On the Veneration of the Saints: A Sermon for the Sunday of All Saints (2019)

On the Veneration of the Saints: A Sermon for the Sunday of All Saints (2019)

June 23, 2019

Today we commemorate all the Saints who have ever existed. The reason for this is not because we might have missed some throughout the year but to show that this is God’s desired end for all of humanity. The net of godliness encompasses the abundant variations of our human race. From the peasant to the prodigy, the homeless to the hierarch, the monogamous to the monk; from the Patriarch Moses to Lazarus whose sores the dogs licked, the grace of God reaches out to all people and makes sinners saints.

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What Are We Waiting For? A Sermon on Pentecost (2019)

What Are We Waiting For? A Sermon on Pentecost (2019)

June 16, 2019 1 Comment

“‘In the last days,’ saith God,’ I will pour out of My Spirit upon all flesh.’”

Upon all flesh. Not longer upon a select few only, no longer only upon those who have attained to the absolute heights of purity and righteousness, but now even upon us ordinary sinners also — provided only that we, through the Mysteries of Baptism and Chrismation, are numbered among the people of God.

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Sermon for the Sunday of the Myrrh-Bearers (2019)

Sermon for the Sunday of the Myrrh-Bearers (2019)

May 12, 2019

Today is the Second Sunday of Pascha on which we commemorate the myrrh-bearing women as well as Sts. Joseph of Arimathea and Nicodemus. In looking at their lives, we do not see them comparable to the Apostles who lived with Jesus for three years, witnessed His miracles, and listened to His teaching. Nor is their life similar to the Apostle Paul who would come later and would be taught by the Lord through Divine visions. Instead, the myrrh-bearers were women, second-class citizens who are denied the benefits of social, political, and economic equality. Joseph and Nicodemus were both secret disciples of Christ and had never previously publicly revealed their commitment to Him or their willingness to sacrifice their reputations or their life for Him.

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Sermon for the Sunday of St. Mary of Egypt (2019)

Sermon for the Sunday of St. Mary of Egypt (2019)

April 14, 2019

We have now reached the end of the most eventful week of the Forty Day Fast, as we celebrate the life of our venerable Mother, Mary of Egypt.

The details of this life are well-known to any faithful Orthodox Christian. They are not very complicated: the chief of sinners becomes the greatest of saints. This story has repeated itself many times throughout the life of the Church. But St. Mary’s life is without doubt one of the clearest and most striking examples, rivalling even the wonderful and unlooked for conversion of the Apostle Paul. As with the great Apostle, so with St. Mary, we see our Lord Jesus Christ show[ing] forth all longsuffering, for a pattern to them which should hereafter believe on him to life everlasting (1 Tim. 1:16).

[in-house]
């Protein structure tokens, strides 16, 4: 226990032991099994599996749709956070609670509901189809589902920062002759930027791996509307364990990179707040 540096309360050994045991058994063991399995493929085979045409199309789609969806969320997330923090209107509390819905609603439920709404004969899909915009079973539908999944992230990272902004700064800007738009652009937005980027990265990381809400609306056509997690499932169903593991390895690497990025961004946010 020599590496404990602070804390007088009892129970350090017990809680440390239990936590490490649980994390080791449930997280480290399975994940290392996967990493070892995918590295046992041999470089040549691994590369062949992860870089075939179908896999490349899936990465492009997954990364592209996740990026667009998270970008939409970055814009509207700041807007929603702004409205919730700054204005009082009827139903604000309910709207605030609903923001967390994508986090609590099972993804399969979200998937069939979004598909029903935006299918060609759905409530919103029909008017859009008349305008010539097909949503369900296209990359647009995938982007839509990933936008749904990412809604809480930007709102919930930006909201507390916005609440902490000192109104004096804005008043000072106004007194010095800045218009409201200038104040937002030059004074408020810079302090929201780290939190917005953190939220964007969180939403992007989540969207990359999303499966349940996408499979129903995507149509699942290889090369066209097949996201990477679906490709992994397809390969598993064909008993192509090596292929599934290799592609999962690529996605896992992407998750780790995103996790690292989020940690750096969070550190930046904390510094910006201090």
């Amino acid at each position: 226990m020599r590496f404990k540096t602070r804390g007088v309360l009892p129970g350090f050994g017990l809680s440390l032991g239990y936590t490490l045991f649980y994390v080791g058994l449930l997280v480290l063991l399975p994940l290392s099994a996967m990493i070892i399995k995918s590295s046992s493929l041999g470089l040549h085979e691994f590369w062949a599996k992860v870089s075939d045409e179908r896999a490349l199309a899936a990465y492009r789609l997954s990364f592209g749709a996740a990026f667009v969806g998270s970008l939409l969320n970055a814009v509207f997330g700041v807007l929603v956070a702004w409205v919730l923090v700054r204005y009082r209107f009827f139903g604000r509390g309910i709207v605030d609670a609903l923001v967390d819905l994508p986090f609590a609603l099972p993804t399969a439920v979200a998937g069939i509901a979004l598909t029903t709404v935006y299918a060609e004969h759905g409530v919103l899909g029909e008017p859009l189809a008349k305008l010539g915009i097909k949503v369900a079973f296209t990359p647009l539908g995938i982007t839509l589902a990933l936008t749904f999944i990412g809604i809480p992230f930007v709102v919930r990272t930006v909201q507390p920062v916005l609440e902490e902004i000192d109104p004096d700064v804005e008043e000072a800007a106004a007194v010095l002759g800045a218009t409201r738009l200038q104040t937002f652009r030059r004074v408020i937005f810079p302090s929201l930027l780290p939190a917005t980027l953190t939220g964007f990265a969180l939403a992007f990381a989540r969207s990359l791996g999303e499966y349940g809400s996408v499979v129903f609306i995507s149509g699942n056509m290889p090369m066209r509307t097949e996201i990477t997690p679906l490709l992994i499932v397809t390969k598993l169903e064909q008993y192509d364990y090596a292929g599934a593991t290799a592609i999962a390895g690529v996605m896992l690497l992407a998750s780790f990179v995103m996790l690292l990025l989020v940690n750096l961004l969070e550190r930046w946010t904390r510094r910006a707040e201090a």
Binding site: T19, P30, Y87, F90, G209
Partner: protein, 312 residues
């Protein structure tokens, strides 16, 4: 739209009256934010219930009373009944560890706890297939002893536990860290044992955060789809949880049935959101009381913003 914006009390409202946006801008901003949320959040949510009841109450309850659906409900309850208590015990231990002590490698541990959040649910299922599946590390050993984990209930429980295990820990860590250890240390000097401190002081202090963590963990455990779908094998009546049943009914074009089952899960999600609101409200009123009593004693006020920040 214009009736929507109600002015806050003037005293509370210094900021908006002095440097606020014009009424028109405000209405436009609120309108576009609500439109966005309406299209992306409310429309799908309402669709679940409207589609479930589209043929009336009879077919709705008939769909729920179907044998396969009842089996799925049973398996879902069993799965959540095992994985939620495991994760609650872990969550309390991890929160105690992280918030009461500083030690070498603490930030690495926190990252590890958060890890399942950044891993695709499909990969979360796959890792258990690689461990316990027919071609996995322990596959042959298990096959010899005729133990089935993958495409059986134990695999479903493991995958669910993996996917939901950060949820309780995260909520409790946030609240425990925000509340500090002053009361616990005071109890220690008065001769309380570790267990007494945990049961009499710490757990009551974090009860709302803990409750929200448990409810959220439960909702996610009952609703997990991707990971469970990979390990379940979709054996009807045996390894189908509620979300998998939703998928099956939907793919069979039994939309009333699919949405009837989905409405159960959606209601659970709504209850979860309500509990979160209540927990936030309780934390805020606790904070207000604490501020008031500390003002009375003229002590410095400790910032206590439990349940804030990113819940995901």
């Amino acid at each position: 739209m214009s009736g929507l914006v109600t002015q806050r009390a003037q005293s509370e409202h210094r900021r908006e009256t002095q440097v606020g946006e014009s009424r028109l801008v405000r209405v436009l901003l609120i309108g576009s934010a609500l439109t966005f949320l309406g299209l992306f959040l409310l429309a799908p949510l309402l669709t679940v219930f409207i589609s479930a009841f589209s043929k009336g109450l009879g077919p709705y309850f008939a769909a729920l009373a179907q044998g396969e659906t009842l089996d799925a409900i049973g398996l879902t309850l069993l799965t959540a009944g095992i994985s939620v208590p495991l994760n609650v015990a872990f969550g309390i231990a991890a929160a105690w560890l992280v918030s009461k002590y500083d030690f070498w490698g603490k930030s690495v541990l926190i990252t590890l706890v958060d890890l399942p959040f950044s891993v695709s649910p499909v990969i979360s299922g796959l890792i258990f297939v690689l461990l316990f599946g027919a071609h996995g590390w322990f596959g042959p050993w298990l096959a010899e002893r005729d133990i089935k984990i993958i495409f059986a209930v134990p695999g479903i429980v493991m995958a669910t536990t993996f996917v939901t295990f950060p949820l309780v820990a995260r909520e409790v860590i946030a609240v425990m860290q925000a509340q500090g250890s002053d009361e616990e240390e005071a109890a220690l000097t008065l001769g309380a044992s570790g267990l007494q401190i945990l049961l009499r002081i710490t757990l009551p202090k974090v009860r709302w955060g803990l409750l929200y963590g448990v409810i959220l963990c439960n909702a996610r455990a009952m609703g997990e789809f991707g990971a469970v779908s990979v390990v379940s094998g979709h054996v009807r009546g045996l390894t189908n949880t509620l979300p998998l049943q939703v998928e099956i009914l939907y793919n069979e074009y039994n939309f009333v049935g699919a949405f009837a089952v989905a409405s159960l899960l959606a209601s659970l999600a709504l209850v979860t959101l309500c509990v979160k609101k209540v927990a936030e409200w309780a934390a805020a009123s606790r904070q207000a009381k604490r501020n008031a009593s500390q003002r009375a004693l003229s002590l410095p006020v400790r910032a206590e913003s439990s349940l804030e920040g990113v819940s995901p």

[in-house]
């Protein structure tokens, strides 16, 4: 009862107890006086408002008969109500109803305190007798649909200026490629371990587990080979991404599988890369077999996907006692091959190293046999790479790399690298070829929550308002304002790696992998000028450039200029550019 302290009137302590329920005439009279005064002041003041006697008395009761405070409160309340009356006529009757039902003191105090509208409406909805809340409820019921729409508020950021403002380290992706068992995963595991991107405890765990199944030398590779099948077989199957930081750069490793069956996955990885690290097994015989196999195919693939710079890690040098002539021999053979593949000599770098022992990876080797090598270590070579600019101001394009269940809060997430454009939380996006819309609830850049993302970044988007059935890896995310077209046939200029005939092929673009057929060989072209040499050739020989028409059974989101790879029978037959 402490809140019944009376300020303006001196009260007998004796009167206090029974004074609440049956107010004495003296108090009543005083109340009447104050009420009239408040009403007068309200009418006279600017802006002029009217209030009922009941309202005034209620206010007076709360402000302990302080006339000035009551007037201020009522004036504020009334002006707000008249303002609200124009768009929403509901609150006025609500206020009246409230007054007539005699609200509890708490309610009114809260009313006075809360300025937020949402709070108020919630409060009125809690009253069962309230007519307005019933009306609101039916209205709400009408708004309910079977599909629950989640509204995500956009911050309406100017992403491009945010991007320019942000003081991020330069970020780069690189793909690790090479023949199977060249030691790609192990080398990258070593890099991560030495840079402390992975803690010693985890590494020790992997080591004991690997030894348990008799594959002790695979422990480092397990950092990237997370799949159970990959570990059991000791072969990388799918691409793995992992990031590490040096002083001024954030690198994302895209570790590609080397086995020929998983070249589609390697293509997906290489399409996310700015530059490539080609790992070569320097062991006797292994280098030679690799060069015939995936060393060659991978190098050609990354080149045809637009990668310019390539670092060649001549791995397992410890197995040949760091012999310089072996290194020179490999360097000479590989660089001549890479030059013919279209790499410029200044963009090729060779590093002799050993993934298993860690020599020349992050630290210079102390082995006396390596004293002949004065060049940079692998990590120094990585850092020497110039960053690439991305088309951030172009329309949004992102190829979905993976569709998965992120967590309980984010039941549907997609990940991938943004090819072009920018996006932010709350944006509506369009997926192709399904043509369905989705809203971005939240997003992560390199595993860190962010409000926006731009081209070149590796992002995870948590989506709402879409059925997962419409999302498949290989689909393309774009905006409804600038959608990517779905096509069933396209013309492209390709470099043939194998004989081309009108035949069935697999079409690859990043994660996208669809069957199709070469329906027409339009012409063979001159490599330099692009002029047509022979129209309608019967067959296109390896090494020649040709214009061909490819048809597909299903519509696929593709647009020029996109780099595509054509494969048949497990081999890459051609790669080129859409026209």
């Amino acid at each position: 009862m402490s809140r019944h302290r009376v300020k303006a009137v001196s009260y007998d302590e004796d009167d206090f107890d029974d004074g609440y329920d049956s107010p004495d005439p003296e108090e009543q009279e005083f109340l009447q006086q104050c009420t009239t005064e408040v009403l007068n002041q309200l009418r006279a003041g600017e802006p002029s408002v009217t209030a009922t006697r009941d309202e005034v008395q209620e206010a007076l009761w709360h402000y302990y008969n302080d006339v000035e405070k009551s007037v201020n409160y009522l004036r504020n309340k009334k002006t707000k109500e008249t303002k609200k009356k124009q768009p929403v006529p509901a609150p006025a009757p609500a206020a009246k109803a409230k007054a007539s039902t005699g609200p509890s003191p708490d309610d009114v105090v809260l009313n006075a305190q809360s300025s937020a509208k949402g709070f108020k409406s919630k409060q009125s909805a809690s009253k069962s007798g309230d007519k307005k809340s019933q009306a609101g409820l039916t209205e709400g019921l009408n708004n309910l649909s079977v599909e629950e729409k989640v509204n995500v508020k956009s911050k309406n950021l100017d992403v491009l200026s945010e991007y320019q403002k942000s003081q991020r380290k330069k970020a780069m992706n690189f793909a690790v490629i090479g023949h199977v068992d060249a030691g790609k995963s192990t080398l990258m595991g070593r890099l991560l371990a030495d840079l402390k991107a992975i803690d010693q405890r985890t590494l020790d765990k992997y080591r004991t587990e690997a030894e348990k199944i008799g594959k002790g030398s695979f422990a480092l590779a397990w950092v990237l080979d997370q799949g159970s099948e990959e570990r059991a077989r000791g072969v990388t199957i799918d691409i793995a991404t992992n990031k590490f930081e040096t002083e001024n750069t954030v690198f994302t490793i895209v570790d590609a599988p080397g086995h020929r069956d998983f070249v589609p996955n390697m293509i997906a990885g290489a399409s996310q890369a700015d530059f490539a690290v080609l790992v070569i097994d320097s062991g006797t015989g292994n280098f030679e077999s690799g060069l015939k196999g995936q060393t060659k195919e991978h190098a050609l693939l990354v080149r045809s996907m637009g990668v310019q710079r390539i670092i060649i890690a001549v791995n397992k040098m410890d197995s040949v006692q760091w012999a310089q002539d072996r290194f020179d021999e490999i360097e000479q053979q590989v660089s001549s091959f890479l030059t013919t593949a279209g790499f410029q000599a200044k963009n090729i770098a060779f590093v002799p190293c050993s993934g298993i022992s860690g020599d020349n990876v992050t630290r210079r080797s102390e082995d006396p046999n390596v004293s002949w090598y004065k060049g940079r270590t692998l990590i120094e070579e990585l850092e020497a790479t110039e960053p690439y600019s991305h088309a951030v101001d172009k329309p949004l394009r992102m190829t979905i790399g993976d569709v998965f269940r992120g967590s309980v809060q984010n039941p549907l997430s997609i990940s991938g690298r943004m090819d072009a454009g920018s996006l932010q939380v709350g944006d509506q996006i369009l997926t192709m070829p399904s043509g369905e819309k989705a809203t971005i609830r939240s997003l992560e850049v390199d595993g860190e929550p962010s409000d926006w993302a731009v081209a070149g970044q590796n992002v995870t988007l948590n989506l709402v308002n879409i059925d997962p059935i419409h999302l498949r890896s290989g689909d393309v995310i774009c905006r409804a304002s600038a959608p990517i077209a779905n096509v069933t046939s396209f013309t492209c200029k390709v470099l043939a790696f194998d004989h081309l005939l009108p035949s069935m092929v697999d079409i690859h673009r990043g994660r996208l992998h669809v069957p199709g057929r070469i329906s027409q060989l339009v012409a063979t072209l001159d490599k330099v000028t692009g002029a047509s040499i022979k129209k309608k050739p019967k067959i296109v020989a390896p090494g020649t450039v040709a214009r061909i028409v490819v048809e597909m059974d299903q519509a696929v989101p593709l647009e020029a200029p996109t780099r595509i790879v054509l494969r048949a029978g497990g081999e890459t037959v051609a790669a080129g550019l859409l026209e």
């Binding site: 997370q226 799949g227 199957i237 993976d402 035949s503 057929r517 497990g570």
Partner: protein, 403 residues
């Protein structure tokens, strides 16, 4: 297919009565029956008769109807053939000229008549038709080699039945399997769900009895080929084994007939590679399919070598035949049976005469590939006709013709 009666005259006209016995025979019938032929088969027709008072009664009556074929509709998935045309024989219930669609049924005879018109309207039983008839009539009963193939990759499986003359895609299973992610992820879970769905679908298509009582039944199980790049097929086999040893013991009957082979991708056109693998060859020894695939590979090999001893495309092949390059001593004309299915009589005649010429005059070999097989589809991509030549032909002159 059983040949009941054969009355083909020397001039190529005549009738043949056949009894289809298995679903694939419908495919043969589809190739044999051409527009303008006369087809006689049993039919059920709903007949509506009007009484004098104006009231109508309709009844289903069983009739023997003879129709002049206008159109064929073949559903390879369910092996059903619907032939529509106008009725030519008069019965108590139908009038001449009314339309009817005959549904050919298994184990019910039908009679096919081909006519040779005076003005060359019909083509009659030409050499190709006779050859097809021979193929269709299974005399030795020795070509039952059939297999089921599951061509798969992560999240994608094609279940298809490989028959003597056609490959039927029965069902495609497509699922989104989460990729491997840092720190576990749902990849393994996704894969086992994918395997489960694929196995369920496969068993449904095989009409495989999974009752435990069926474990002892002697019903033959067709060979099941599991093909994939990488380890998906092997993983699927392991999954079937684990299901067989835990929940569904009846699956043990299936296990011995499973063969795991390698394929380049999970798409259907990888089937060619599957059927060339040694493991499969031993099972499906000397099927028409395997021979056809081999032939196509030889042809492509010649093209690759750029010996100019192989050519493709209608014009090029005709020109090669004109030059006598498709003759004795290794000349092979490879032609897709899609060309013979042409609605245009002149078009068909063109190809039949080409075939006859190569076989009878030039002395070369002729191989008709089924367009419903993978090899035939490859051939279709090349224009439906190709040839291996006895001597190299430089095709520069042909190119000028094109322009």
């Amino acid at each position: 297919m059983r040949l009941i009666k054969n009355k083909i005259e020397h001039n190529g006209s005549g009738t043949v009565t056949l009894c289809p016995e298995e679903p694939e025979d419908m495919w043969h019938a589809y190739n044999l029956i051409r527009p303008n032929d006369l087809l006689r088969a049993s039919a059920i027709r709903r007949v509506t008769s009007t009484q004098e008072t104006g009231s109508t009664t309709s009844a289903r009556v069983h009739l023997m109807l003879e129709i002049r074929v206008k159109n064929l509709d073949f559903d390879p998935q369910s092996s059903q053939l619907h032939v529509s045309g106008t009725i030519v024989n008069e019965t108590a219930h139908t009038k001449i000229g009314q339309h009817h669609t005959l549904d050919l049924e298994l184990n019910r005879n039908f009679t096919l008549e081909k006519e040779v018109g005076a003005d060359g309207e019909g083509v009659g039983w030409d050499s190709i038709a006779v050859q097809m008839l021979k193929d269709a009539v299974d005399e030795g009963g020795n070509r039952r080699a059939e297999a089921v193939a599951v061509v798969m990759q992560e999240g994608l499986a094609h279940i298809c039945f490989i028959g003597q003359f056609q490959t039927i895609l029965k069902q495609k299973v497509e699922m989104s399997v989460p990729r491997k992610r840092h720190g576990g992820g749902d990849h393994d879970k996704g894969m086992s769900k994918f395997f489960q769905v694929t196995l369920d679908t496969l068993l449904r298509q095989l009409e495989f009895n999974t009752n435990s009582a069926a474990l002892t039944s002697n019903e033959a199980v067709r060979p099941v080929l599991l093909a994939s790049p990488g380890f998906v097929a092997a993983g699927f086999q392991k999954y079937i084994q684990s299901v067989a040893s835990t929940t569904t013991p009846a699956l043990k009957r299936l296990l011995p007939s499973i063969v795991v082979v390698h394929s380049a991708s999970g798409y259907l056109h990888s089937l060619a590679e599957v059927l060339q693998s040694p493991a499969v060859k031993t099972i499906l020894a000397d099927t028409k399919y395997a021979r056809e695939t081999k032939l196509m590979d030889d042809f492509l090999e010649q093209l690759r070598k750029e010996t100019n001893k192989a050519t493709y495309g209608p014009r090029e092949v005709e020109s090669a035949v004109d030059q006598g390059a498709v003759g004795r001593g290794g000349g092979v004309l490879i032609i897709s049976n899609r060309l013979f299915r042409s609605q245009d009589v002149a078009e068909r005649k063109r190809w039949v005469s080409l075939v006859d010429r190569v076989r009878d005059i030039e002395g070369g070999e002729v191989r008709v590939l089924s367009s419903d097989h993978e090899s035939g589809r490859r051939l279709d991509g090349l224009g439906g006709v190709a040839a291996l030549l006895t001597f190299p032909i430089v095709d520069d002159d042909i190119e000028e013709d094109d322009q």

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Sermon for the Sunday of the Cross (2019)

Sermon for the Sunday of the Cross (2019)

March 31, 2019 1 Comment

The Holy Apostle Paul says, “Brethren, I strove to know nothing among you, except for Jesus Christ, and Him crucified! Why is this, St. Paul? Why is it that you preach everywhere the Crucifixion of Christ? Jesus Christ, and Him crucified—is this not the answer to every perplexity, every question, every existential pondering, and every yearning of the human mind and heart?

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Sermon for the Sunday of Orthodoxy (2019)

Sermon for the Sunday of Orthodoxy (2019)

March 24, 2019

Lent is a small classroom of Orthodoxy within a larger university of Orthodoxy. It is the recalling to Paradise of those who fell away; it is the pronouncement of the resurrection of those dead in sin to life in Christ; it reveals the truth to those deceived by the devil; and it announces sight to the blind, guidance to the lost, a haven for the storm-tossed, and life in a world which kills.

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Sermon for the Sunday of the Last Judgment (2019)

Sermon for the Sunday of the Last Judgment (2019)

March 03, 2019

Today, we hear of the dread Last Judgment of God, when the righteous shall be separated from the wicked, and the everlasting kingdom of God shall be made fully manifest, while the places of eternal torment will receive their unfortunate inhabitants.

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Sermon for the Sunday of the Prodigal Son (2019)

Sermon for the Sunday of the Prodigal Son (2019)

February 24, 2019

“Sin itself leads us unto God,” says St. John of Karpathos, the great consoler of monks and all those who despair, but he quickly adds, “if we repent.” This is a bold saying, but everyone who has fed themselves on the swine-food of filthy passions, arrogant sins and wretched thoughts, knows this to be true. But only when they feel suffocated and starved, betrayed and deceived by the false shimmering beauty and quickly-passing pleasure of sin, and from such a wretched state cast their eyes to heaven and call upon God in utter humility, confessing their sinful apostasy from Him, their blatant and ungrateful rejection of His infinite gifts and their demonic delusion which sought to live and enjoy itself apart from Life Himself.

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